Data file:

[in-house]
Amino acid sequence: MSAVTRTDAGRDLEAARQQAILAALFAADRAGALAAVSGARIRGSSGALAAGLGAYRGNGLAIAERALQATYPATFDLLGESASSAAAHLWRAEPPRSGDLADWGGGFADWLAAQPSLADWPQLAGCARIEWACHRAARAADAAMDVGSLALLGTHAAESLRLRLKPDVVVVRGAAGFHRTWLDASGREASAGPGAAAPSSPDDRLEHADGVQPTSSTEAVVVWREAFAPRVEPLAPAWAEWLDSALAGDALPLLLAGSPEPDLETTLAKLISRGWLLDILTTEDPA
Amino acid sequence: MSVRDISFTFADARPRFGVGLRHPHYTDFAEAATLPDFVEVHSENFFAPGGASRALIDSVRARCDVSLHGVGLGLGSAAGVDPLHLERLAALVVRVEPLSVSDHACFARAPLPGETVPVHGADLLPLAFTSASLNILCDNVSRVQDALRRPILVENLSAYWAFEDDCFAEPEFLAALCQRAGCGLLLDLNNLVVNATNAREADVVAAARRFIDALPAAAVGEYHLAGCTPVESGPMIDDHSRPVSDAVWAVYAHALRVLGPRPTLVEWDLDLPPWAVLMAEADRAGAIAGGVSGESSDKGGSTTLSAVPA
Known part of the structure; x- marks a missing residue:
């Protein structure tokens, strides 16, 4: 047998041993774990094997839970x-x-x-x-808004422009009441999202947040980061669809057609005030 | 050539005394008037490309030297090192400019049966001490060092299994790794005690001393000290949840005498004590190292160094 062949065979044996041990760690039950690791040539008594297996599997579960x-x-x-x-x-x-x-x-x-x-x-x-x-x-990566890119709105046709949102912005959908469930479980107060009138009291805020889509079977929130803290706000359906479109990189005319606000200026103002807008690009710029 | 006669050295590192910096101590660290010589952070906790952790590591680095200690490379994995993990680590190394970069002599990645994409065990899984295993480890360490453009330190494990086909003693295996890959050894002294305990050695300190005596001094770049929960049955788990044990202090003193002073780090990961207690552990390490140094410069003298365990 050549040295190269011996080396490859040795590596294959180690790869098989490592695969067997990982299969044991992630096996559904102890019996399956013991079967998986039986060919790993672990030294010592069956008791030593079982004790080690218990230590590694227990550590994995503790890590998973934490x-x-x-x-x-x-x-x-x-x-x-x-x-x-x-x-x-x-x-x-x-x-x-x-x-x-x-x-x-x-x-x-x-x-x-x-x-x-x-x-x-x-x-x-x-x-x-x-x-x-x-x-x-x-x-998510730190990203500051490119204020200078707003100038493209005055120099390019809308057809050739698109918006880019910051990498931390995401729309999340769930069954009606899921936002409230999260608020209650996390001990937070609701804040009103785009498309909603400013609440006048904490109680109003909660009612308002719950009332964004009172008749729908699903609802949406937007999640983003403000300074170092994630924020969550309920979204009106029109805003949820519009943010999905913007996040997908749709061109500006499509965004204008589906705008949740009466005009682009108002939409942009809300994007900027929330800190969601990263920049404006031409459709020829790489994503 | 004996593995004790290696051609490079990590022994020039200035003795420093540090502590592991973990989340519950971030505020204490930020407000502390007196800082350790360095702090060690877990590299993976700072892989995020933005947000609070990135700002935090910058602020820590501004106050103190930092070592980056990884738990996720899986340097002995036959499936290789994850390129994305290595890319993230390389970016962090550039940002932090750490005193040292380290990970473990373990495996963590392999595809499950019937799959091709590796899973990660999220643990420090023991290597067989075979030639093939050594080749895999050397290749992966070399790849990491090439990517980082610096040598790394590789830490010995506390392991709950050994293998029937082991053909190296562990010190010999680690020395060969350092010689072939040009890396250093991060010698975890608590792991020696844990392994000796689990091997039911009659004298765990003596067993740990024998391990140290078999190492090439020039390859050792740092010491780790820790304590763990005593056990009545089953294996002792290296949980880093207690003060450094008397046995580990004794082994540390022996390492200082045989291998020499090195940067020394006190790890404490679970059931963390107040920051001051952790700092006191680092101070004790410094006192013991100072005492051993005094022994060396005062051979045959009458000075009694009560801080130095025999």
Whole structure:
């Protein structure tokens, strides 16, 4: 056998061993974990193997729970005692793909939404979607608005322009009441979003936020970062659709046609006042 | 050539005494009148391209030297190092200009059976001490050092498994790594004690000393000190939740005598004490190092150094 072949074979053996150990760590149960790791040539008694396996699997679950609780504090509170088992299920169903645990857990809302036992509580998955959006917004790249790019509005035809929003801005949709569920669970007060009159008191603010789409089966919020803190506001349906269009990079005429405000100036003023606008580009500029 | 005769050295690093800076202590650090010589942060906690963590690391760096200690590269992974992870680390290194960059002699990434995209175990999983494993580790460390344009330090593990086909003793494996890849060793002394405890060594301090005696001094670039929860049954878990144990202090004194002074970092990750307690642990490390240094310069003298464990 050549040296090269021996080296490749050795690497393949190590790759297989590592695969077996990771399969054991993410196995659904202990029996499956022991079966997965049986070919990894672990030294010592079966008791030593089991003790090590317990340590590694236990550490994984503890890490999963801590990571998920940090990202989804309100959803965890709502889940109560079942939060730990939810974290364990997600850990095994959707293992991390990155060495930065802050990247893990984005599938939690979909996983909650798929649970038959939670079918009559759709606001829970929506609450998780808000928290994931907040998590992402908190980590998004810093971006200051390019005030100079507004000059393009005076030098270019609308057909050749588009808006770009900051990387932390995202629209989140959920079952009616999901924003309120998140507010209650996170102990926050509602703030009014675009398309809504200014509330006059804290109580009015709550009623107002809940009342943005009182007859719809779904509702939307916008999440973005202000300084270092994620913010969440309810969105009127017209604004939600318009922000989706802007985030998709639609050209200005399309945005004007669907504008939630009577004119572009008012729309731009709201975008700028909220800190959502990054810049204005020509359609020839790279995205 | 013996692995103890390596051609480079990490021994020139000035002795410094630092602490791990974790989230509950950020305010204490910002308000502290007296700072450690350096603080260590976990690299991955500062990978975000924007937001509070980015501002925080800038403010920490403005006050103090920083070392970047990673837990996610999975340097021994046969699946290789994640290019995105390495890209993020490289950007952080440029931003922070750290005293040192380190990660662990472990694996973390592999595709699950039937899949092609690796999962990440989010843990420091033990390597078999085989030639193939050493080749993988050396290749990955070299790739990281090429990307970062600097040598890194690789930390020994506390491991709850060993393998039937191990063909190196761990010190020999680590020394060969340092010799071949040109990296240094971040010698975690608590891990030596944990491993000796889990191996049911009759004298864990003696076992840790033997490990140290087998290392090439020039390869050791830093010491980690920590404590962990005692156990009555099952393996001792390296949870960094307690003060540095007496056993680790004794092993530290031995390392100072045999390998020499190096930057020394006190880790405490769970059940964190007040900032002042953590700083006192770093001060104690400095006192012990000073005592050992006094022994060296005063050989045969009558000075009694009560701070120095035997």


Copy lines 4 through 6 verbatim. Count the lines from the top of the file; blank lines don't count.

Known part of the structure; x- marks a missing residue:
């Protein structure tokens, strides 16, 4: 047998041993774990094997839970x-x-x-x-808004422009009441999202947040980061669809057609005030 | 050539005394008037490309030297090192400019049966001490060092299994790794005690001393000290949840005498004590190292160094 062949065979044996041990760690039950690791040539008594297996599997579960x-x-x-x-x-x-x-x-x-x-x-x-x-x-990566890119709105046709949102912005959908469930479980107060009138009291805020889509079977929130803290706000359906479109990189005319606000200026103002807008690009710029 | 006669050295590192910096101590660290010589952070906790952790590591680095200690490379994995993990680590190394970069002599990645994409065990899984295993480890360490453009330190494990086909003693295996890959050894002294305990050695300190005596001094770049929960049955788990044990202090003193002073780090990961207690552990390490140094410069003298365990 050549040295190269011996080396490859040795590596294959180690790869098989490592695969067997990982299969044991992630096996559904102890019996399956013991079967998986039986060919790993672990030294010592069956008791030593079982004790080690218990230590590694227990550590994995503790890590998973934490x-x-x-x-x-x-x-x-x-x-x-x-x-x-x-x-x-x-x-x-x-x-x-x-x-x-x-x-x-x-x-x-x-x-x-x-x-x-x-x-x-x-x-x-x-x-x-x-x-x-x-x-x-x-x-998510730190990203500051490119204020200078707003100038493209005055120099390019809308057809050739698109918006880019910051990498931390995401729309999340769930069954009606899921936002409230999260608020209650996390001990937070609701804040009103785009498309909603400013609440006048904490109680109003909660009612308002719950009332964004009172008749729908699903609802949406937007999640983003403000300074170092994630924020969550309920979204009106029109805003949820519009943010999905913007996040997908749709061109500006499509965004204008589906705008949740009466005009682009108002939409942009809300994007900027929330800190969601990263920049404006031409459709020829790489994503 | 004996593995004790290696051609490079990590022994020039200035003795420093540090502590592991973990989340519950971030505020204490930020407000502390007196800082350790360095702090060690877990590299993976700072892989995020933005947000609070990135700002935090910058602020820590501004106050103190930092070592980056990884738990996720899986340097002995036959499936290789994850390129994305290595890319993230390389970016962090550039940002932090750490005193040292380290990970473990373990495996963590392999595809499950019937799959091709590796899973990660999220643990420090023991290597067989075979030639093939050594080749895999050397290749992966070399790849990491090439990517980082610096040598790394590789830490010995506390392991709950050994293998029937082991053909190296562990010190010999680690020395060969350092010689072939040009890396250093991060010698975890608590792991020696844990392994000796689990091997039911009659004298765990003596067993740990024998391990140290078999190492090439020039390859050792740092010491780790820790304590763990005593056990009545089953294996002792290296949980880093207690003060450094008397046995580990004794082994540390022996390492200082045989291998020499090195940067020394006190790890404490679970059931963390107040920051001051952790700092006191680092101070004790410094006192013991100072005492051993005094022994060396005062051979045959009458000075009694009560801080130095025999």
Whole structure: